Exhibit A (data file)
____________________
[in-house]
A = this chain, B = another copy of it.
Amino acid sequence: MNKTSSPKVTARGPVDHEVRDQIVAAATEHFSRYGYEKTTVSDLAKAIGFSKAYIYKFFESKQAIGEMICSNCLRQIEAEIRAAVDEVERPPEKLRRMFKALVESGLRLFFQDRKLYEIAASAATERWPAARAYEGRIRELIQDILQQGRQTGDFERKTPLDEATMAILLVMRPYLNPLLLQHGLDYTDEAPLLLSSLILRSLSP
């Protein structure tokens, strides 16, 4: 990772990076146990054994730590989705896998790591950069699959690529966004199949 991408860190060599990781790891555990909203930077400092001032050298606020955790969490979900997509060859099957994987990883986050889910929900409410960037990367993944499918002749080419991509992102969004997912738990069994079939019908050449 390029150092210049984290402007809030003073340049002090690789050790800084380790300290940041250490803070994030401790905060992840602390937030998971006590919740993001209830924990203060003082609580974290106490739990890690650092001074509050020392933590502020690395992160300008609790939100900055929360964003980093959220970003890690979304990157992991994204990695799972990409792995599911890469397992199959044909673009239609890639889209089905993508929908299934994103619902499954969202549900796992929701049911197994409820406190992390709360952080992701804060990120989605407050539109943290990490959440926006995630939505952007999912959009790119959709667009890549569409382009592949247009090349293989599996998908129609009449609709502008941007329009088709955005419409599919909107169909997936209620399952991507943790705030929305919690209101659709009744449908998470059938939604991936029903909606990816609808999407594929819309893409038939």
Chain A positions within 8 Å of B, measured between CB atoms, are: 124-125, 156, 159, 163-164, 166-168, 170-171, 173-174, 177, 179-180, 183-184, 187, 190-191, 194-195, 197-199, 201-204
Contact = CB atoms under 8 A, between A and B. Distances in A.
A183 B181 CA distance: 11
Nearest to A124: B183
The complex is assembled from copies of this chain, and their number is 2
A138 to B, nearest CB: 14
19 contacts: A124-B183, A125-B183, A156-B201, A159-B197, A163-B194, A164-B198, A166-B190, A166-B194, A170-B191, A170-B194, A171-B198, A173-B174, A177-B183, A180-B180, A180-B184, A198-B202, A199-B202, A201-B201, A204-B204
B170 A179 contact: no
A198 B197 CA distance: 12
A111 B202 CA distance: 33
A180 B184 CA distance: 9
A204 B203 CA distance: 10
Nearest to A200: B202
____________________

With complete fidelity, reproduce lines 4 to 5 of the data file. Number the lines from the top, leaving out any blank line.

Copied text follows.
């Protein structure tokens, strides 16, 4: 990772990076146990054994730590989705896998790591950069699959690529966004199949 991408860190060599990781790891555990909203930077400092001032050298606020955790969490979900997509060859099957994987990883986050889910929900409410960037990367993944499918002749080419991509992102969004997912738990069994079939019908050449 390029150092210049984290402007809030003073340049002090690789050790800084380790300290940041250490803070994030401790905060992840602390937030998971006590919740993001209830924990203060003082609580974290106490739990890690650092001074509050020392933590502020690395992160300008609790939100900055929360964003980093959220970003890690979304990157992991994204990695799972990409792995599911890469397992199959044909673009239609890639889209089905993508929908299934994103619902499954969202549900796992929701049911197994409820406190992390709360952080992701804060990120989605407050539109943290990490959440926006995630939505952007999912959009790119959709667009890549569409382009592949247009090349293989599996998908129609009449609709502008941007329009088709955005419409599919909107169909997936209620399952991507943790705030929305919690209101659709009744449908998470059938939604991936029903909606990816609808999407594929819309893409038939």
Chain A positions within 8 Å of B, measured between CB atoms, are: 124-125, 156, 159, 163-164, 166-168, 170-171, 173-174, 177, 179-180, 183-184, 187, 190-191, 194-195, 197-199, 201-204